Posted on 23rd December, 2019
Is my ground rent too high and how does an onerous ground rent affect my flat?
Ground rents are an inevitable part of owning a flat. In fact, every residential lease has a ground rent but some are quite small at just a just a few pounds every year or even zero which is usually referred to as “peppercorn”. High ground rents or ground rents which increase very quickly can make your flat difficult to sell or remortgage.
Examples of problematic ground rents include those which are higher than 0.1% of the value of your flat (i.e. where a ground rent is higher than £200 per annum ground rent on a flat valued at £200,000), a ground rent which is already over £250 per annum and ground rents which double on a regular basis, particularly every 10 or 15 years.
Some mortgage lenders will not consider a property to be suitable mortgage security and will not advance funds if any of the above circumstances relate to your flat’s ground rent. Legal advisors acting for buyers are now advising their clients against purchasing flats with potentially onerous ground rents leading to sales falling through.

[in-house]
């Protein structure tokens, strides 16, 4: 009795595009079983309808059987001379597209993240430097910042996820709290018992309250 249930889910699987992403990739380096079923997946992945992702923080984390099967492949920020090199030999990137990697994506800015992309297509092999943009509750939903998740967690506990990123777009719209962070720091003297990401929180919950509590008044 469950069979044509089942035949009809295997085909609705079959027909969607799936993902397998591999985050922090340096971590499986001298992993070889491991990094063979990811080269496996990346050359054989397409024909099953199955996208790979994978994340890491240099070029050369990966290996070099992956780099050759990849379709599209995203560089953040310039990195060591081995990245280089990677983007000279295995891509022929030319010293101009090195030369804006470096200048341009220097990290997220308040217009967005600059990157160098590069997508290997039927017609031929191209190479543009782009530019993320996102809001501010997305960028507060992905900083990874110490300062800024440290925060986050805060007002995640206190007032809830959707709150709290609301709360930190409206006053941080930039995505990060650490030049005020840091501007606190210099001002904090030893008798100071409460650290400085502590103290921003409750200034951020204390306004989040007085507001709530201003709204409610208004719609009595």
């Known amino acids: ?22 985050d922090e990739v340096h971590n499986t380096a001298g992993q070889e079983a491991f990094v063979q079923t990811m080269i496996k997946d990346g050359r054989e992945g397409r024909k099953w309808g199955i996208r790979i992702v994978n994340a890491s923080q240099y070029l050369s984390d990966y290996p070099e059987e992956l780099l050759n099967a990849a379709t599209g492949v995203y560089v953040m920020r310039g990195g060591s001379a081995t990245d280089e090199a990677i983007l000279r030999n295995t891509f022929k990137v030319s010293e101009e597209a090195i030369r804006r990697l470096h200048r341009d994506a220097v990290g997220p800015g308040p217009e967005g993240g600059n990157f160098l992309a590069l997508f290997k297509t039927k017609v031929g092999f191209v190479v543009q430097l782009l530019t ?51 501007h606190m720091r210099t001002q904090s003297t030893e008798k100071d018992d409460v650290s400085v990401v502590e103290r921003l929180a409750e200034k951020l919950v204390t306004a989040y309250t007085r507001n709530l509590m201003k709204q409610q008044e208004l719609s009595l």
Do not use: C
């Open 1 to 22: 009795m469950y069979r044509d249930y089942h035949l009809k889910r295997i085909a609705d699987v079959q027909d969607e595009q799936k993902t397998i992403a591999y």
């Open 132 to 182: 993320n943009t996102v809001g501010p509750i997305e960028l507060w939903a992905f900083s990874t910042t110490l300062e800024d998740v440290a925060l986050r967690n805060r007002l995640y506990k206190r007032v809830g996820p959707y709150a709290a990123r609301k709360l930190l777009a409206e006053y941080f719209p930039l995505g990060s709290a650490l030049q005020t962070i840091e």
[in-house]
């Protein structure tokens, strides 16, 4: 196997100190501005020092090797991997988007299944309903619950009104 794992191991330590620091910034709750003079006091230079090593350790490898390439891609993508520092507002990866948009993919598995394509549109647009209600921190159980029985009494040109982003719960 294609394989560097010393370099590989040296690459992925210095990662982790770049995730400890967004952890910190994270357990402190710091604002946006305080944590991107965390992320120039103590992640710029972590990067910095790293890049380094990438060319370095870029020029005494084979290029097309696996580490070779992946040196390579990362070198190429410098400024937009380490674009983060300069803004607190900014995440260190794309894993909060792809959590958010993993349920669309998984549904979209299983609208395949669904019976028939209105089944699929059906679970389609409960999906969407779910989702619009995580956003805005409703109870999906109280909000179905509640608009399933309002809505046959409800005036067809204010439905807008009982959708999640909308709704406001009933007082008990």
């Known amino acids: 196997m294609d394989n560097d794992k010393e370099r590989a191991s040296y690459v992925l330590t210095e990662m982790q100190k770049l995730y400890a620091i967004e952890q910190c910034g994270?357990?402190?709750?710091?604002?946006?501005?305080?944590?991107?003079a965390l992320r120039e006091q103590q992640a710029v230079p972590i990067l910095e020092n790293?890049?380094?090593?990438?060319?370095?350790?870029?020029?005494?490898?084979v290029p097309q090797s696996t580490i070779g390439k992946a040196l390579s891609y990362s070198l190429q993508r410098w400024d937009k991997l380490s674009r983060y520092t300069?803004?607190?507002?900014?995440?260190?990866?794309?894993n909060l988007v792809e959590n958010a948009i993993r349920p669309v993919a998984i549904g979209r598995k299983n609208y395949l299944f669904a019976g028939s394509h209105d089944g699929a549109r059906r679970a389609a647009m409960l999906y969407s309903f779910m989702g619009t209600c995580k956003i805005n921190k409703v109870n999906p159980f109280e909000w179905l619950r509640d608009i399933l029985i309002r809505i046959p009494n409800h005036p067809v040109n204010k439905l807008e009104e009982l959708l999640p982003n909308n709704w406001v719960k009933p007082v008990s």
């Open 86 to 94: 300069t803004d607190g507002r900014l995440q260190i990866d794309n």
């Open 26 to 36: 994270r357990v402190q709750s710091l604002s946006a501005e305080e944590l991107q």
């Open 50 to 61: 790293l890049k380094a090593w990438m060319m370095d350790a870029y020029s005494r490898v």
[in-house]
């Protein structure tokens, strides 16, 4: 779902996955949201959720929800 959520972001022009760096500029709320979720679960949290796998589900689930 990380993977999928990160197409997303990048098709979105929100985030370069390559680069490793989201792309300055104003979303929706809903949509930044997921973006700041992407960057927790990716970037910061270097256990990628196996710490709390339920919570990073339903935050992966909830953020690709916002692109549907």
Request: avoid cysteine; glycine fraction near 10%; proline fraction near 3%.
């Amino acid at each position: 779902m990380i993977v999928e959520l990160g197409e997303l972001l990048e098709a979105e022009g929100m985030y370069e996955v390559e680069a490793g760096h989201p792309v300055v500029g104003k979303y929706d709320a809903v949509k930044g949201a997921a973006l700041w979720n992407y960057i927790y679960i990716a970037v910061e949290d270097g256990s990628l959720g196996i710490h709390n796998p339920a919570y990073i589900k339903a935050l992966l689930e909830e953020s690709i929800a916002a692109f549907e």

If you have a potentially onerous ground rent you are best advised to deal with the situation in advance of any sale or remortgage. There are basically two options to remove or alter a ground rent in a residential lease:
Firstly, your freeholder may agree to voluntarily vary the terms of your lease with an amended ground rent, subject to a payment. This alteration of the lease is known as a “deed of variation”.
Alternatively, if you have owned your flat for more than two years you will have a legal right to a statutory lease extension under the terms of the 1993 Leasehold Reform Housing and Urban Development Act. A statutory lease extension as well as extending the term of your lease by an additional 90 years also resets the ground rent to a peppercorn (zero) for the duration of the lease.
We specialise in advising and assisting leaseholders with onerous ground rents problems. We can look at the details of your existing lease and calculate costs for either a deed of variation or a statutory lease extension and undertake negotiations with your freeholder to agree appropriate terms.
If you are concerned at all about the ground rent provisions in your lease then please call or email us for an initial no obligation discussion regarding your situation and the options open to you.